Germany has been home to one of the most modern US high schools since 2018: On the premises of the US stationed forces in Kaiserslautern-Vogelweh. The new LEED-certified building with a gross floor area of 17,200 square meters follows the American educational concept called “21st Century Learning.” The purpose is to prepare young people for a future defined by technology and media. Here, around 850 pupils from ninth to twelfth grade learn in the midst of modern architecture in spacious communal areas (known as “commons”). Instead of boxed-in classrooms with front-facing teaching, there are seven learning “neighborhoods” across two levels around the 1,600 square meter foyer, each with around 120 students that form a “learning hub.” Sliding glass walls make it possible to create separate rooms if required. Two sport halls, a concert hall and technical rooms are also available. The building contractor was looking for state-of-the-art building technology with a number of unusual systems for the project. Apart from heating and ventilation, they also wanted to ensure that the systems were energy-efficient and reliable. As there is no better choice than Kieback&Peter, they commissioned us to integrate all systems into a smart automation solution.
Not simple, just exciting
Sales engineer Philipp Kraus and his team from the Kieback&Peter Mannheim office were faced with a whole series of unusual challenges when they read the specifications of the contract for the US armed forces. It wasn’t just the large scale of the “High-School Kaiserslautern-Vogelweh” project that was exciting. The number and type of unusual special orders was also something out of the ordinary: Among other things, the building contractor wanted all text on the displays of the building management system (BMS) and automation station to be bilingual, written both in German and in English. Furthermore, twelve monitors were to be centrally controllable so that they could display information individually to the students, and numerous third-party systems had to be digitally integrated. These included, for example, self-darkening window panes as well as electricity and heat meters. In four closed-off building areas with irrigated green walls covered in plants, the Kieback&Peter system also needs to guarantee constant humidity. No easy task – “but anyone can do easy,” says Philipp Kraus.
All system components at a glance
How did the team manage to complete all tasks successfully and on time? Philipp Kraus explains: “Our recipe for success consists of experienced colleagues who have been working for Kieback&Peter for a long time and the good cooperation we have with the client on site.” The essence of their automation solution – Made in Germany, Made for America – can be clearly seen in the High School’s technical room: A PC workstation with server and large flat screen on which the Neutrino BMS building management system works. Using this central monitoring and control software by Kieback&Peter, the building technicians can monitor all integrated system components and operating conditions on the intuitively understandable, graphical user interface and, if necessary, change target specifications. The system communicates with the entire building technology via cabling/IP.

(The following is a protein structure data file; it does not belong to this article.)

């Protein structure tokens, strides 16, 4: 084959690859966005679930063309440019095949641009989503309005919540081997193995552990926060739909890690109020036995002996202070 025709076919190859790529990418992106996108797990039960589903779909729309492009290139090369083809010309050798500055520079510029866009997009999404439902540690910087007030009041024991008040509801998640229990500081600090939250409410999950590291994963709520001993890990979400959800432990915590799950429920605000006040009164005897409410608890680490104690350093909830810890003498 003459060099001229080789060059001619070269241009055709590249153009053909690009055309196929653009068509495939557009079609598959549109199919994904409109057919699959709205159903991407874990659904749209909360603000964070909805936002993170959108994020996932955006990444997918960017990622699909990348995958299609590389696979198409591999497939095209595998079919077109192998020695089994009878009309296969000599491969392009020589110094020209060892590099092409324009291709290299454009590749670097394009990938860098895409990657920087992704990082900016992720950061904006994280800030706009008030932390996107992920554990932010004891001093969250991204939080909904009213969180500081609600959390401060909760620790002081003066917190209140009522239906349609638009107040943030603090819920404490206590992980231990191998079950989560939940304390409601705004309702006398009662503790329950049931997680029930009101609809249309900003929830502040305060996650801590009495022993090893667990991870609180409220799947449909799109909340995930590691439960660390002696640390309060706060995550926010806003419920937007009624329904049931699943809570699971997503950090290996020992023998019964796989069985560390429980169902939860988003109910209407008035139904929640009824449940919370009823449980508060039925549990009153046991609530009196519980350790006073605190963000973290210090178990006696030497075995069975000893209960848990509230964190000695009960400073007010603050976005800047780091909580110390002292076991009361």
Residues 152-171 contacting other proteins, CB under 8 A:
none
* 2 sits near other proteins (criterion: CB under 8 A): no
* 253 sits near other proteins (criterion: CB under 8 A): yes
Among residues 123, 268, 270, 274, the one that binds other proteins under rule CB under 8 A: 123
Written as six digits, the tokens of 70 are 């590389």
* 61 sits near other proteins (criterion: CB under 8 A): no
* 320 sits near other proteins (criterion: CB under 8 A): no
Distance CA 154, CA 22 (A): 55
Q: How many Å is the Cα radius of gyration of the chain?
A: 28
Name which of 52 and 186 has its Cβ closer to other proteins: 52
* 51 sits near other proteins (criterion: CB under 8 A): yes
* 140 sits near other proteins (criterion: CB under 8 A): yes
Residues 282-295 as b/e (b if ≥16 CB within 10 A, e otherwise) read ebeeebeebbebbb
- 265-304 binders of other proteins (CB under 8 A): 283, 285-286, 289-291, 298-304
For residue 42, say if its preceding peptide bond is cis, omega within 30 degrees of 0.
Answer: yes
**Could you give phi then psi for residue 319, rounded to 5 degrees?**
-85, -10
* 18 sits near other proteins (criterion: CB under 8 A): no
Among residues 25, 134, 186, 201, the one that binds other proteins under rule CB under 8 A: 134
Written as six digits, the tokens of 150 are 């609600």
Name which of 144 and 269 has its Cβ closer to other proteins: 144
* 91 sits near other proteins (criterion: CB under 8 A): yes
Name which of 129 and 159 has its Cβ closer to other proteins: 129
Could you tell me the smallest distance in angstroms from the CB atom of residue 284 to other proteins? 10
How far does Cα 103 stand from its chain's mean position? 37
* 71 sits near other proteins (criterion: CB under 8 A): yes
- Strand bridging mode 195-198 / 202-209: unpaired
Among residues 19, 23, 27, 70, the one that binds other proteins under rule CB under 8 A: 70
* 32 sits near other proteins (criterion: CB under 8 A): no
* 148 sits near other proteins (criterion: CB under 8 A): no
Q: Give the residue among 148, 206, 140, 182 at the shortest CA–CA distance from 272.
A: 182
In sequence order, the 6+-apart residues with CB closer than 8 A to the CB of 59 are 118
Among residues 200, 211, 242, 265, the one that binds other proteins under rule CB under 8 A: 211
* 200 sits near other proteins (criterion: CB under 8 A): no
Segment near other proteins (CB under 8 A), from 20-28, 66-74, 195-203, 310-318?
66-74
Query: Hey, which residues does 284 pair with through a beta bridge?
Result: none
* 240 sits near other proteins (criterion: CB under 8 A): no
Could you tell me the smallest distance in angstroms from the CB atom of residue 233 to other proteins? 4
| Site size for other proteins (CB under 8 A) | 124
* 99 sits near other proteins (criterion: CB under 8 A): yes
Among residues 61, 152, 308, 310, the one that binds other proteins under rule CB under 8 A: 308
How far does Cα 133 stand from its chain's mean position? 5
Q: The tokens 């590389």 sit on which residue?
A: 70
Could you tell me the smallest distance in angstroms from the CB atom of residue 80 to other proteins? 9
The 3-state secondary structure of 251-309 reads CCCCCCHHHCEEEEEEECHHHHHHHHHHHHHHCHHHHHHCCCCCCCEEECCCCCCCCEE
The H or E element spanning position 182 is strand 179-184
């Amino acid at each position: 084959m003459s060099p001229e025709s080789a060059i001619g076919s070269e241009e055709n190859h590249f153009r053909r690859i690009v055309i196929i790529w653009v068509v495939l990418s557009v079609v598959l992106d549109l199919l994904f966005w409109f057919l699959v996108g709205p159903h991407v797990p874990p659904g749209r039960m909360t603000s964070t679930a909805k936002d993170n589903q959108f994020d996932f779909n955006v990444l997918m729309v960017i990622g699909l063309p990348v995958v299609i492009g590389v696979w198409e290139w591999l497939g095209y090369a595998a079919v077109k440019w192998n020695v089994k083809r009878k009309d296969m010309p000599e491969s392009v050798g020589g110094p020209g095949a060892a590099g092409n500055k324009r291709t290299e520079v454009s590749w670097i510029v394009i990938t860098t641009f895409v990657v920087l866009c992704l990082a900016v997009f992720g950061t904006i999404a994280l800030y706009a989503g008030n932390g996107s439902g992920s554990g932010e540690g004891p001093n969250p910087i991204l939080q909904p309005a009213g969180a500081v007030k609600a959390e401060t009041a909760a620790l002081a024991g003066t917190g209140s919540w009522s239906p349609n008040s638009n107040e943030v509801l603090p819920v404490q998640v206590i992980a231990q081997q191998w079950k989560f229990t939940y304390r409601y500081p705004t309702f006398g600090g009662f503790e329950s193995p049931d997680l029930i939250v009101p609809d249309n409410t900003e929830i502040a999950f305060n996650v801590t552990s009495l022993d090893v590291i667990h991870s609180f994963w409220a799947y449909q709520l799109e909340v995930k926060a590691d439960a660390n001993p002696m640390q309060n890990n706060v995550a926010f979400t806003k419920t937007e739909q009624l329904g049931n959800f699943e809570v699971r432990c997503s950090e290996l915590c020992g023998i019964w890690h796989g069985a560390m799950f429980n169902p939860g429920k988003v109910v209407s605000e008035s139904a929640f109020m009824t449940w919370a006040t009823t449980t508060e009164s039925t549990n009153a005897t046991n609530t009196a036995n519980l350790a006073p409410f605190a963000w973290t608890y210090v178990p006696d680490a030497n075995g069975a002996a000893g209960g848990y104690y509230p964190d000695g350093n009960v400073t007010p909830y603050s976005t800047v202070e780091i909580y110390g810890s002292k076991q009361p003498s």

Behind the building automation virtual user interface there are eight information centers, which are distributed throughout the school building. They handle the physical switching operations of the systems. The powerful and flexible DDC4200 and DDC4002 controllers operate in these control cabinets. They communicate with the Neutrino BMS, with each other and with field devices located at approximately 7,600 physical data points. Gateways also operate in the information centers. They convert the control signals from the hotel’s third-party controllers into digital signals for the DDCs.
Automatic window panes that will leave you amazed
The specific work is carried out by sensors and actuators in all High School areas: For example, CO2 sensors report the air quality to the controllers. If necessary, they increase the ventilation power using actuators. The same applies to humidity regulation in the areas with green walls: Based on the measurements taken by the humidity sensors, the controllers tell actuator motors (actuators) to open windows wider or close windows more. The integration of the darkening glass panes in the auditorium is particularly interesting: The user can determine the degree of darkness via a touch panel. The BACnet command from the controller sends control signals to the window panes, where a metal coating provides a steplessly variable darkening effect.
If set to automatic mode, the windows darken automatically in strong sunlight to prevent the room from heating up too much. The team has integrated the digital heating and electricity meters for energy management into the building automation system via M-Bus or LON – the flexible DDC controllers also govern these protocols natively as well as BACnet. The twelve monitors, on which information can be individually displayed by the school management, were integrated by the technicians via IP. Each monitor has its own IP address so that different content can be displayed, such as the cafeteria menu or school information. The team also fulfilled the building contractor’s wish to be able to present all system texts in German and English: Any German text was translated by professionals and integrated into the system. Additionally, the building contractor received instructional videos in both languages. Despite many tricky challenges, the Kieback&Peter team always gets the job done.